“Nay, thou gorbellied knave!” responded a vendor of drugs and herbs close by, whose stall was somewhat deserted, and whose temper was obviously suffering—“Nay! an thou speakest the truth thou art a thief, but if not, then thou’rt a liar! In either case art fit for the hangman’s rope!”
“This way, my masters! this way!” came in loud, stentorian cries from a neighbouring booth; “this way for Peter the juggler, the greatest conjurer the world has ever seen!”
“This way! I pray you, worthy sirs!” this from yet another place of entertainment, “this way for John the tumbler!”
“Peter the juggler will swallow a cross-bow of steel before your very eyes!” shouted one crier.
“John the tumbler will climb Saint Ethelburga’s steeple without help of rope or ladder,” called the other.
“Peter will show you how to shoe a turkey, how to put salt on a swallow’s tail, and how to have your cake and eat it!”
“John will sit on two stools without coming to the ground!”
“Marry! and ye both lie faster than my mule can trot!” came in hilarious accents from one of the crowd.
“And Peter the juggler will show thee how to make thy mule trot faster than thou canst lie, friend,” responded Peter’s crier unabashed, “and a mighty difficult task ’twill be, I’ll warrant.”
Laughing, joking, ogling like some fickle jade, the crowd passed from booth to booth: now dropping a few coins in Peter the juggler’s hat, now watching the antics of John the tumbler; anon looking on amazed, half terrified at the evolutions of a gigantic brown bear, led by the nose by a vigorous knave in leather jerkin and cross-gartered hose, and accompanied by a youngster who was blowing on a mighty sackbut until his cheeks looked nigh to bursting.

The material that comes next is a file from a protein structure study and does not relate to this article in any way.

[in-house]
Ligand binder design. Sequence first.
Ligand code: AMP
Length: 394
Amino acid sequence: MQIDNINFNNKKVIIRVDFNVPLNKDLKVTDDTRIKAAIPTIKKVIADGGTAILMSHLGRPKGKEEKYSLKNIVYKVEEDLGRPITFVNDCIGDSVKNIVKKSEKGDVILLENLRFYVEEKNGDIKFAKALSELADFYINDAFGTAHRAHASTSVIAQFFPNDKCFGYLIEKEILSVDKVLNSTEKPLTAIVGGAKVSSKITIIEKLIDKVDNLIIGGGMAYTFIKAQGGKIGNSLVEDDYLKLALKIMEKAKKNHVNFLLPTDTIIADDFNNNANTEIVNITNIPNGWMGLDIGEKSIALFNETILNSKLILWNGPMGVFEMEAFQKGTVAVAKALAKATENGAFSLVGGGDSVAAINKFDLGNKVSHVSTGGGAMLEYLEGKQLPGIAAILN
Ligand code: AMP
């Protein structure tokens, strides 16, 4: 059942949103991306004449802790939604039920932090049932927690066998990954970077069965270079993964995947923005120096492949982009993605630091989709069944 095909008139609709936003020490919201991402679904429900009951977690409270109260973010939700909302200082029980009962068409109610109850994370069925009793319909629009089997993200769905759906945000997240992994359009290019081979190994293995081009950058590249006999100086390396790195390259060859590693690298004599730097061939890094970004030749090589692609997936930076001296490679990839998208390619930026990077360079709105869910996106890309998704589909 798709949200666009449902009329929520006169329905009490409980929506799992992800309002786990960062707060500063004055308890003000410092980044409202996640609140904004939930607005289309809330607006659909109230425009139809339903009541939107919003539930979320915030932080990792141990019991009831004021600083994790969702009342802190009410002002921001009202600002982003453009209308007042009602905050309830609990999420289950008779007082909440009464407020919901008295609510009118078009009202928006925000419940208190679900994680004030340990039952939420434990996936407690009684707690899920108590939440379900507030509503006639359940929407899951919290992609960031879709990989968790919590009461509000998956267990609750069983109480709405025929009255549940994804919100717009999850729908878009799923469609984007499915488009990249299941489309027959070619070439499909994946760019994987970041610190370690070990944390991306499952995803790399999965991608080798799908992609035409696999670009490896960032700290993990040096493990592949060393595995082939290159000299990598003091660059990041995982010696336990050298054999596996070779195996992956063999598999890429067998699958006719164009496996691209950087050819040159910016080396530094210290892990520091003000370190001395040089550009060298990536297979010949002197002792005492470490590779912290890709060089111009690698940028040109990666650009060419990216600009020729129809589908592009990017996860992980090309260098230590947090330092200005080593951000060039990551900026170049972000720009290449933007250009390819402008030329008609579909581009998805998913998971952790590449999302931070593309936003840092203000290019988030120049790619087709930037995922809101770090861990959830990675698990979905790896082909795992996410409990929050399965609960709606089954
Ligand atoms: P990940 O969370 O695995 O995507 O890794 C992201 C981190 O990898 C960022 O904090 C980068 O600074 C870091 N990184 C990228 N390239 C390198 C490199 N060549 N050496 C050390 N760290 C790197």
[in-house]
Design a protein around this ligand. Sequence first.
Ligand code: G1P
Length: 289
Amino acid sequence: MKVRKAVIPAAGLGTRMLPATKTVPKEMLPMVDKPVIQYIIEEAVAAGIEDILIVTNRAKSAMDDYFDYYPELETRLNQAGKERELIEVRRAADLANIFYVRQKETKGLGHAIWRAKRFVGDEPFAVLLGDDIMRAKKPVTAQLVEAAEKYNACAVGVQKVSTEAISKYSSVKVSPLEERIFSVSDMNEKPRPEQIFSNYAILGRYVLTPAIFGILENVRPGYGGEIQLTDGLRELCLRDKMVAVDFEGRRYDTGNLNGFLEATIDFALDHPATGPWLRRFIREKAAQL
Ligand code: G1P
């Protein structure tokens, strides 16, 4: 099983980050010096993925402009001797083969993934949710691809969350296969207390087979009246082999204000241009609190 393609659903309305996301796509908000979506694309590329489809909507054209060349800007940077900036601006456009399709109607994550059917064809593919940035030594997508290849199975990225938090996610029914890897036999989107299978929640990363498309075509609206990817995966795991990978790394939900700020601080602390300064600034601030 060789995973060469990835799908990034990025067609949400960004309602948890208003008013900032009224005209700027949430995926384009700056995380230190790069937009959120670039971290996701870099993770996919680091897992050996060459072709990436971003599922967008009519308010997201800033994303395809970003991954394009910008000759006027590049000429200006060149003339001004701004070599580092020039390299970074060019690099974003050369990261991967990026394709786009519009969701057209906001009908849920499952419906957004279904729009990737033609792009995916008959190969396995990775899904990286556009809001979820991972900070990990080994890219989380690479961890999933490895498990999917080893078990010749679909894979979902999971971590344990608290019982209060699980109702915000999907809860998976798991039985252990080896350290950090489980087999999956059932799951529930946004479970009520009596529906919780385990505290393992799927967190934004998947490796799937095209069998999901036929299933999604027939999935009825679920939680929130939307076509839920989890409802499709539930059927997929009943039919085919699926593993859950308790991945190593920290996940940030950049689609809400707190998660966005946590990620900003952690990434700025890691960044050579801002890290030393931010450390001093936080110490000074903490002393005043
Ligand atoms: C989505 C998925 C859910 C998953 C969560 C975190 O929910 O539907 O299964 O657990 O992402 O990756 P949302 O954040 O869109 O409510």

But adsheart! who shall tell of all the attractions which were set forth on that memorable day before the loyal subjects of good Queene Marye?
There were the trestles where one could play at ball and knuckle-bone, or chance and mumchance; another, where evens and odds and backgammon proved tempting. He who willed could tilt at Weekie, play quoits or lansquenet, at ball or at the billiards, or risk his coppers on such games as one-and-thirty, or at the pass ten; he might try his skill, too, at throwing the dart, or his strength at putting the stone.
There were mountebanks and quacksalvers, lapidaries at work, and astrologers in their tents. For twopence one could have a bout with the back-sword or the Spanish tuck, could watch the situations and conjunctions of the fixed stars and the planets, could play a game of tennis or pelitrigone, or be combed and curled, perfumed and trimmed so as to please a dainty mistress’s eye.
And through it all the loud bang! bang! bang! of the big drums, the criers proclaiming the qualities of their wares, the jarring notes of the sackbut and the allman flute, the screechy viol and the strident nine-hole pipe, all playing against one another, each striving to drown the other, and mingling with the laughter of the crowd, the yells of the ’prentices, the babble of the women, formed a huge volume of ear-splitting cacophony which must have been heard from one end of the country to the other.
All was noise, merriment, and laughter, save in one spot—an out-of-the-way, half-hidden corner of the fair, where the sister streams, the Ember and the Mole, join hands for a space, meet but to part again, and whence the distant towers and cupolas of Hampton Court appeared like those of a fairy palace floating in mid-ether, perched high aloft in the shimmering haze of this hot late summer’s afternoon.